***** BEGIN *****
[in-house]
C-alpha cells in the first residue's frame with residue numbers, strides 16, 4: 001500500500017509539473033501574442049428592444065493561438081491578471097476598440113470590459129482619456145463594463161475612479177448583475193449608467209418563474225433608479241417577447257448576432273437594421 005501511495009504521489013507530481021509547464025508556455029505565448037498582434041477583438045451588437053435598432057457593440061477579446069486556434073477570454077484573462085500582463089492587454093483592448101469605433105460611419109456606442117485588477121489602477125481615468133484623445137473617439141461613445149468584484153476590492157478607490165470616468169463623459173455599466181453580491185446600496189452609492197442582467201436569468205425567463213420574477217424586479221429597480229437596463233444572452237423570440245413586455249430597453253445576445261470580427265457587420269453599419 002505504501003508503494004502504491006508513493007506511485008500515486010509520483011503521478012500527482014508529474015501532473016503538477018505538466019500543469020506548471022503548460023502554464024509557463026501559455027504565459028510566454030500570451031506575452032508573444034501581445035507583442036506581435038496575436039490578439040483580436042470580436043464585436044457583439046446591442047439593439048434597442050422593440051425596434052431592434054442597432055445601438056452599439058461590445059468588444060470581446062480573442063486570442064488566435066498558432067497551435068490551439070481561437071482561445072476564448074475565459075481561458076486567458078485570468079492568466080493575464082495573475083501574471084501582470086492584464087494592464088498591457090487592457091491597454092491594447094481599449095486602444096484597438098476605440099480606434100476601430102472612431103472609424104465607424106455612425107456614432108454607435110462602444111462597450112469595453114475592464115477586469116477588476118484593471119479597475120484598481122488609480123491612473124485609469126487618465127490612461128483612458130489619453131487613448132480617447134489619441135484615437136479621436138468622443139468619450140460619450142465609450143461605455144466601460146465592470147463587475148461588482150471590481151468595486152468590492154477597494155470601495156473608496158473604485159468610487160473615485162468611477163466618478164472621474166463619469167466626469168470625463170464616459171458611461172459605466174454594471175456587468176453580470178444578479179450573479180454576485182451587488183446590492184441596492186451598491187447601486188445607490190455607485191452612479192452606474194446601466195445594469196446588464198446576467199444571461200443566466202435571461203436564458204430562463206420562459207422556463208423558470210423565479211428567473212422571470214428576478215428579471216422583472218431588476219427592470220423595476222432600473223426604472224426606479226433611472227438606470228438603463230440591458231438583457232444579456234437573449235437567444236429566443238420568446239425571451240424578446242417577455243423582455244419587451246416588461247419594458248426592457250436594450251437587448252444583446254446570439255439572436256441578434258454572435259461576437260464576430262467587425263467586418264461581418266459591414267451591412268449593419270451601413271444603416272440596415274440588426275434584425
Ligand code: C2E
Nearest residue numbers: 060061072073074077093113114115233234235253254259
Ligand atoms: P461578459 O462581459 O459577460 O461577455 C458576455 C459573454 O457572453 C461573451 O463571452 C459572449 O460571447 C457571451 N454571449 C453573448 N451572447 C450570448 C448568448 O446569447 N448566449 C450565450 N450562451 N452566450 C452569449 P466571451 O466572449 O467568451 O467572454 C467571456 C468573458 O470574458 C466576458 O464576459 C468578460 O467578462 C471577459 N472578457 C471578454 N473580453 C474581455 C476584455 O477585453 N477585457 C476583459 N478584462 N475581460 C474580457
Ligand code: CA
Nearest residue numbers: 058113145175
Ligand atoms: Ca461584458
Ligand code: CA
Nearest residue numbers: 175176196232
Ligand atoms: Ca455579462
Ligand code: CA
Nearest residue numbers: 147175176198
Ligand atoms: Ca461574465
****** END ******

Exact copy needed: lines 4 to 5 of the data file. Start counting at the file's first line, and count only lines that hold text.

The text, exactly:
Nearest residue numbers: 060061072073074077093113114115233234235253254259
Ligand atoms: P461578459 O462581459 O459577460 O461577455 C458576455 C459573454 O457572453 C461573451 O463571452 C459572449 O460571447 C457571451 N454571449 C453573448 N451572447 C450570448 C448568448 O446569447 N448566449 C450565450 N450562451 N452566450 C452569449 P466571451 O466572449 O467568451 O467572454 C467571456 C468573458 O470574458 C466576458 O464576459 C468578460 O467578462 C471577459 N472578457 C471578454 N473580453 C474581455 C476584455 O477585453 N477585457 C476583459 N478584462 N475581460 C474580457